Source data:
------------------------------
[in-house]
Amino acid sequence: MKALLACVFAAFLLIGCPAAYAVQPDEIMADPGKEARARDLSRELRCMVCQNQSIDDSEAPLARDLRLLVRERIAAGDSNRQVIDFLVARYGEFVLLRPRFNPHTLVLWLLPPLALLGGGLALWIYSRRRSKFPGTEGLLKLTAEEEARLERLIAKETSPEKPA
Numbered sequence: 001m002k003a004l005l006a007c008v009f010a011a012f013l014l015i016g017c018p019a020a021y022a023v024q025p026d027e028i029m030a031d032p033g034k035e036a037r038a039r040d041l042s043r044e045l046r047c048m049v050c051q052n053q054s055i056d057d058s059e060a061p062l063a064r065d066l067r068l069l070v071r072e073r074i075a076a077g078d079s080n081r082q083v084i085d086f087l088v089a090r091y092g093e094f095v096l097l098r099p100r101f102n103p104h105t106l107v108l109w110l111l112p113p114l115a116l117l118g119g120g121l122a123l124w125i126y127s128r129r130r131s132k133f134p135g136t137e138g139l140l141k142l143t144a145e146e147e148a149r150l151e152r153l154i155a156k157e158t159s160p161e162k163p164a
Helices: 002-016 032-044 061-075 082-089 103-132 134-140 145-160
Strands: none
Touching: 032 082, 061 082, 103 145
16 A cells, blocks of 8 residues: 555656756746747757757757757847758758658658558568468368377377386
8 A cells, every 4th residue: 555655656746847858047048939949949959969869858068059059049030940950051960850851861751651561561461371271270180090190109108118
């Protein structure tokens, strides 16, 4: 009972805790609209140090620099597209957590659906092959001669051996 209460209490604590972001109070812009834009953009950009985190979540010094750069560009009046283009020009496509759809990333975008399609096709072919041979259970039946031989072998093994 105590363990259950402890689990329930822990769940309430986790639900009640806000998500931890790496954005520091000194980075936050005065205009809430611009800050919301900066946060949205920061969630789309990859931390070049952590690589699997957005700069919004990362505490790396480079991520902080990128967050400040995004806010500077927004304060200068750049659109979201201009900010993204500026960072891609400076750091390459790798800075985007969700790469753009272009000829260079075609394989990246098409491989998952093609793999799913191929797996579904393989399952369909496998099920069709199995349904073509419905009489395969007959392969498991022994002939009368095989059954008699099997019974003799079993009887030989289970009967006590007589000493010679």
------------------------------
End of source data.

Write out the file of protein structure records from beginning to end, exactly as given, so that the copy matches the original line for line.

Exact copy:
[in-house]
Amino acid sequence: MKALLACVFAAFLLIGCPAAYAVQPDEIMADPGKEARARDLSRELRCMVCQNQSIDDSEAPLARDLRLLVRERIAAGDSNRQVIDFLVARYGEFVLLRPRFNPHTLVLWLLPPLALLGGGLALWIYSRRRSKFPGTEGLLKLTAEEEARLERLIAKETSPEKPA
Numbered sequence: 001m002k003a004l005l006a007c008v009f010a011a012f013l014l015i016g017c018p019a020a021y022a023v024q025p026d027e028i029m030a031d032p033g034k035e036a037r038a039r040d041l042s043r044e045l046r047c048m049v050c051q052n053q054s055i056d057d058s059e060a061p062l063a064r065d066l067r068l069l070v071r072e073r074i075a076a077g078d079s080n081r082q083v084i085d086f087l088v089a090r091y092g093e094f095v096l097l098r099p100r101f102n103p104h105t106l107v108l109w110l111l112p113p114l115a116l117l118g119g120g121l122a123l124w125i126y127s128r129r130r131s132k133f134p135g136t137e138g139l140l141k142l143t144a145e146e147e148a149r150l151e152r153l154i155a156k157e158t159s160p161e162k163p164a
Helices: 002-016 032-044 061-075 082-089 103-132 134-140 145-160
Strands: none
Touching: 032 082, 061 082, 103 145
16 A cells, blocks of 8 residues: 555656756746747757757757757847758758658658558568468368377377386
8 A cells, every 4th residue: 555655656746847858047048939949949959969869858068059059049030940950051960850851861751651561561461371271270180090190109108118
């Protein structure tokens, strides 16, 4: 009972805790609209140090620099597209957590659906092959001669051996 209460209490604590972001109070812009834009953009950009985190979540010094750069560009009046283009020009496509759809990333975008399609096709072919041979259970039946031989072998093994 105590363990259950402890689990329930822990769940309430986790639900009640806000998500931890790496954005520091000194980075936050005065205009809430611009800050919301900066946060949205920061969630789309990859931390070049952590690589699997957005700069919004990362505490790396480079991520902080990128967050400040995004806010500077927004304060200068750049659109979201201009900010993204500026960072891609400076750091390459790798800075985007969700790469753009272009000829260079075609394989990246098409491989998952093609793999799913191929797996579904393989399952369909496998099920069709199995349904073509419905009489395969007959392969498991022994002939009368095989059954008699099997019974003799079993009887030989289970009967006590007589000493010679």